RL-34 cells were purchased from the Japanese Collection of Research Bioresources Cell Bank (JCRB0247). The cells were maintained in Dulbecco’s modified Eagle’s medium containing 10 % fetal bovine serum (FBS) and antibiotics at 37°C in a humid atmosphere containing 5 % CO2. Before experimental treatment, the cells were cultured in minimum essential medium (MEM) containing 10 % FBS. Subconfluent cells were serum-starved overnight in MEM containing 0·1 % bovine serum albumin, further cultured in MEM with or without amino acids for 24 h and collected for RNA extraction. Total RNA was extracted with the TriPure Isolation Reagent (Roche Applied Science) according to the manufacturer’s instructions. First-strand cDNA synthesis followed by quantitative real-time PCR was performed as described above.
Fibroblast growth factor 21 knockout mice
Homozygous Fgf21-KO (Fgf21 –/–) mice( Reference Hotta, Nakamura and Konishi 27 ) were bred with C57BL/6J WT (Fgf21 +/+) mice to obtain heterozygous Fgf21-KO (Fgf21 +/–) mice. The Fgf21 +/– mice were then crossed to obtain Fgf21 –/– and WT mice for the subsequent experiment. Genotyping of the animals was conducted as described previously( Reference Hotta, Nakamura and Konishi 27 ). Animals were kept at 22–24°C under a 12 h (06.00–18.00 hours) light–dark cycle and fed a commercial pellet feed ad libitum (certified diet MF; Oriental Yeast) unless otherwise noted. All animals were allowed free access to tap water throughout the experiment.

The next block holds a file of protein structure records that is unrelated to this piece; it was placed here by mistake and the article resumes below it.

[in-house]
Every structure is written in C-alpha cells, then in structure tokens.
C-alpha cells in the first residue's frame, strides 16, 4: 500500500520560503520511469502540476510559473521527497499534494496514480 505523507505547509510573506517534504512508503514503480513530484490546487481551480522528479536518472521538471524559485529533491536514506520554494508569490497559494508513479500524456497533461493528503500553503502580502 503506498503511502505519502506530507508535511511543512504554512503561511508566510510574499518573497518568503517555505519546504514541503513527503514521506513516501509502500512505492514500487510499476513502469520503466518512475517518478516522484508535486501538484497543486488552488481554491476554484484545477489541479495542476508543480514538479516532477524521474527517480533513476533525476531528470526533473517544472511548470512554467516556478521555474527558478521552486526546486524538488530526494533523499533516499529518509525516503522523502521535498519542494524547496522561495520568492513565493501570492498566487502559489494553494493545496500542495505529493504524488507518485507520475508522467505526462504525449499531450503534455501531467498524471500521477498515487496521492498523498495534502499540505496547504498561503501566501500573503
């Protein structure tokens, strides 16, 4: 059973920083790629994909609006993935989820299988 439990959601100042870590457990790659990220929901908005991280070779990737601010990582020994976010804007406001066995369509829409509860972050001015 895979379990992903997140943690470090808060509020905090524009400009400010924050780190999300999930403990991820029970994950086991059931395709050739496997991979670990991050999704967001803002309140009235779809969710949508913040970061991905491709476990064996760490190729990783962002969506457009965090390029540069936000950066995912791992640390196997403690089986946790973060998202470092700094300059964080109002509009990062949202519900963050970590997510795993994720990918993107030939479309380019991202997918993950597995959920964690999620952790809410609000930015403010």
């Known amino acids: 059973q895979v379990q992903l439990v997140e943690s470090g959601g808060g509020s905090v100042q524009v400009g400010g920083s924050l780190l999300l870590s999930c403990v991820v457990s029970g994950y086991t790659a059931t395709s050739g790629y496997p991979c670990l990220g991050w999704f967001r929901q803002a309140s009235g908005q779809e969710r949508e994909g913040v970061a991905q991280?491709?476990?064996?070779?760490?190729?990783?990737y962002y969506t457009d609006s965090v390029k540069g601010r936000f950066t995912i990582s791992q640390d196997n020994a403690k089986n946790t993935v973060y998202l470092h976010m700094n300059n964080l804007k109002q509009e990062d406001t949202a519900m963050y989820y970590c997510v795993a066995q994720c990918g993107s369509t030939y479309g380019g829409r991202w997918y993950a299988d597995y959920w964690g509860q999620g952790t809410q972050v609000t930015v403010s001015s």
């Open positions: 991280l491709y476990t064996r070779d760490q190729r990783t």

Four- to five-week-old male Fgf21-KO (Fgf21 –/–) and WT mice were housed individually in cages and trained to eat a control diet containing 20 % casein as a source of protein (20P) between 17.00 and 09.00 hours for 3 d, after which they were divided into two dietary groups. The 20P groups received the control diet, whereas the low-protein diet groups were fed an isoenergetic low-protein diet containing 5 % casein (5P) on the same schedule for 5 d. The compositions of the diets are shown in Table 1. On day 5 of the experimental feeding, heparinised blood was collected from the tail before feeding to measure FGF21 levels under fasting conditions. Subsequently, the mice were fed the respective diet ad libitum for another 5 d. On day 11 beginning at 09.00 hours, the mice were anaesthetised with sodium pentobarbital (Somnopentyl; Kyoritsu Seiyaku), heparinised blood was collected via cardiac puncture, and plasma samples were obtained. The livers were excised, weighed, frozen in liquid N2 and stored at –80°C until analysis. Epididymal white adipose tissue (epi-WAT) and gastrocnemius tissue were also excised and weighed. The animal experiment was approved by the Meiji University Institutional Animal Care and Use Committee (permission number: IACUC14–0005).